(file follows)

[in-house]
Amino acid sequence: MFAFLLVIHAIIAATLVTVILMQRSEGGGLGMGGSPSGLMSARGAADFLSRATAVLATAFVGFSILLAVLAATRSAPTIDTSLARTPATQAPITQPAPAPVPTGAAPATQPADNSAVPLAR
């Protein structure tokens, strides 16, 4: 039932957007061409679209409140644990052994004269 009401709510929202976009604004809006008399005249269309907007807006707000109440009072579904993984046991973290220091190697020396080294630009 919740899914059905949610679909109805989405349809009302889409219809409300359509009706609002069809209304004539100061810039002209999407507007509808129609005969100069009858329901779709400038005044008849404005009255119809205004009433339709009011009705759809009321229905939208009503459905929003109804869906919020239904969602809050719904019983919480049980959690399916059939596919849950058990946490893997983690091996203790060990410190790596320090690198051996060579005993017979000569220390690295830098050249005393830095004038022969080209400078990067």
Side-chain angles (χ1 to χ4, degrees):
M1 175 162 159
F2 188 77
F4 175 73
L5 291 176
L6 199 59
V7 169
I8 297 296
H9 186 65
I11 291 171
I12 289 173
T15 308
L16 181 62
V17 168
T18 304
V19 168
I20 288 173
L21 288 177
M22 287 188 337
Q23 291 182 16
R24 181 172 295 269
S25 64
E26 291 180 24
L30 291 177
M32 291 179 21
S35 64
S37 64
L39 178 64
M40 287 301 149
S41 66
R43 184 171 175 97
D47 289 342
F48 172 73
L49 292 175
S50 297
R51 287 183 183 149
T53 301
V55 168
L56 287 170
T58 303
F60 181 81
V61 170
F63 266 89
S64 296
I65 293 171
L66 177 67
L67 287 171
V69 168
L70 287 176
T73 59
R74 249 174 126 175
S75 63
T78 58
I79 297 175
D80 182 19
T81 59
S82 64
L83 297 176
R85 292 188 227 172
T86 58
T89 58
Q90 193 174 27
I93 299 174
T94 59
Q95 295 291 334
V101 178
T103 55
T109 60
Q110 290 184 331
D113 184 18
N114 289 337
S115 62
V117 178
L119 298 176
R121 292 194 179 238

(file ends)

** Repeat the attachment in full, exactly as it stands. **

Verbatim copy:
[in-house]
Amino acid sequence: MFAFLLVIHAIIAATLVTVILMQRSEGGGLGMGGSPSGLMSARGAADFLSRATAVLATAFVGFSILLAVLAATRSAPTIDTSLARTPATQAPITQPAPAPVPTGAAPATQPADNSAVPLAR
């Protein structure tokens, strides 16, 4: 039932957007061409679209409140644990052994004269 009401709510929202976009604004809006008399005249269309907007807006707000109440009072579904993984046991973290220091190697020396080294630009 919740899914059905949610679909109805989405349809009302889409219809409300359509009706609002069809209304004539100061810039002209999407507007509808129609005969100069009858329901779709400038005044008849404005009255119809205004009433339709009011009705759809009321229905939208009503459905929003109804869906919020239904969602809050719904019983919480049980959690399916059939596919849950058990946490893997983690091996203790060990410190790596320090690198051996060579005993017979000569220390690295830098050249005393830095004038022969080209400078990067």
Side-chain angles (χ1 to χ4, degrees):
M1 175 162 159
F2 188 77
F4 175 73
L5 291 176
L6 199 59
V7 169
I8 297 296
H9 186 65
I11 291 171
I12 289 173
T15 308
L16 181 62
V17 168
T18 304
V19 168
I20 288 173
L21 288 177
M22 287 188 337
Q23 291 182 16
R24 181 172 295 269
S25 64
E26 291 180 24
L30 291 177
M32 291 179 21
S35 64
S37 64
L39 178 64
M40 287 301 149
S41 66
R43 184 171 175 97
D47 289 342
F48 172 73
L49 292 175
S50 297
R51 287 183 183 149
T53 301
V55 168
L56 287 170
T58 303
F60 181 81
V61 170
F63 266 89
S64 296
I65 293 171
L66 177 67
L67 287 171
V69 168
L70 287 176
T73 59
R74 249 174 126 175
S75 63
T78 58
I79 297 175
D80 182 19
T81 59
S82 64
L83 297 176
R85 292 188 227 172
T86 58
T89 58
Q90 193 174 27
I93 299 174
T94 59
Q95 295 291 334
V101 178
T103 55
T109 60
Q110 290 184 331
D113 184 18
N114 289 337
S115 62
V117 178
L119 298 176
R121 292 194 179 238